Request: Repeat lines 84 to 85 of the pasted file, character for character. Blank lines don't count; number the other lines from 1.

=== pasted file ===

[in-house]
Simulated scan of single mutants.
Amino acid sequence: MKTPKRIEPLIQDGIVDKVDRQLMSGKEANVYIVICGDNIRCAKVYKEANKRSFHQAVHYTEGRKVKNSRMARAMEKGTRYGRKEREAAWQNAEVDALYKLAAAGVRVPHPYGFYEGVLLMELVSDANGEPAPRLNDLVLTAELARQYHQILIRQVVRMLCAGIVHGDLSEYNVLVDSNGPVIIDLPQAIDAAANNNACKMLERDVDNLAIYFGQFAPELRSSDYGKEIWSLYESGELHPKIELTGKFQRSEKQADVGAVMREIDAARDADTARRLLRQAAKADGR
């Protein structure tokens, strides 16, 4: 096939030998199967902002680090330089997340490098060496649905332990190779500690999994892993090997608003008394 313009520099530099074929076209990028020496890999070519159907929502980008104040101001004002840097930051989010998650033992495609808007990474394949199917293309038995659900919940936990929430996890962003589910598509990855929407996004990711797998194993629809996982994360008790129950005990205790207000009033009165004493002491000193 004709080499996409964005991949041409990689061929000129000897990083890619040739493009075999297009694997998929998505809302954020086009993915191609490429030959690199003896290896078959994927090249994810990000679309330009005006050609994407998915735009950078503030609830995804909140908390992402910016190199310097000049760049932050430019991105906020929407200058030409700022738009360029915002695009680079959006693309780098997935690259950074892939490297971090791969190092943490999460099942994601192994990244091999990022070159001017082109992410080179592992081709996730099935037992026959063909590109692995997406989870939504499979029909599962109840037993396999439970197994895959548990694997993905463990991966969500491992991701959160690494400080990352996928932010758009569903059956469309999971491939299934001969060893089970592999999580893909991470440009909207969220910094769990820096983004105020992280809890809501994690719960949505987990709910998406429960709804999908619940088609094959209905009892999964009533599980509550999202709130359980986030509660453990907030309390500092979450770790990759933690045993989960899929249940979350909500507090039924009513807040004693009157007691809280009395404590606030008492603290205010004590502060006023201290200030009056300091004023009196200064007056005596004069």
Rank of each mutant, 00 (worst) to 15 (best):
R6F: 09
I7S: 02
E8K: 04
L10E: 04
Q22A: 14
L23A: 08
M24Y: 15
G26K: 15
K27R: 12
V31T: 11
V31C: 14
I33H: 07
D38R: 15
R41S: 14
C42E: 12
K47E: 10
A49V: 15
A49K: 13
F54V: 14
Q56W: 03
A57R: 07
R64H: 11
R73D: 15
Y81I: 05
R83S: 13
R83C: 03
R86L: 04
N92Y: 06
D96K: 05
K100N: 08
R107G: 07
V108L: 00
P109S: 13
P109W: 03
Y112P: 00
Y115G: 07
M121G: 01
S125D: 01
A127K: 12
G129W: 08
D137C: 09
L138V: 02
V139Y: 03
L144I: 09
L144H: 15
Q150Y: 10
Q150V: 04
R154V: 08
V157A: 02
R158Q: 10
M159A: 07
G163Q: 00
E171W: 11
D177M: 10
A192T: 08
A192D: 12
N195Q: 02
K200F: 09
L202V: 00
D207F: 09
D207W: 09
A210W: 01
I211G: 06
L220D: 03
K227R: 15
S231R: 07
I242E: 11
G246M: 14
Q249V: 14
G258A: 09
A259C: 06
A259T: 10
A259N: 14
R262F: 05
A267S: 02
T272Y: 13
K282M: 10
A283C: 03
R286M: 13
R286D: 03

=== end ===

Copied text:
R286M: 13
R286D: 03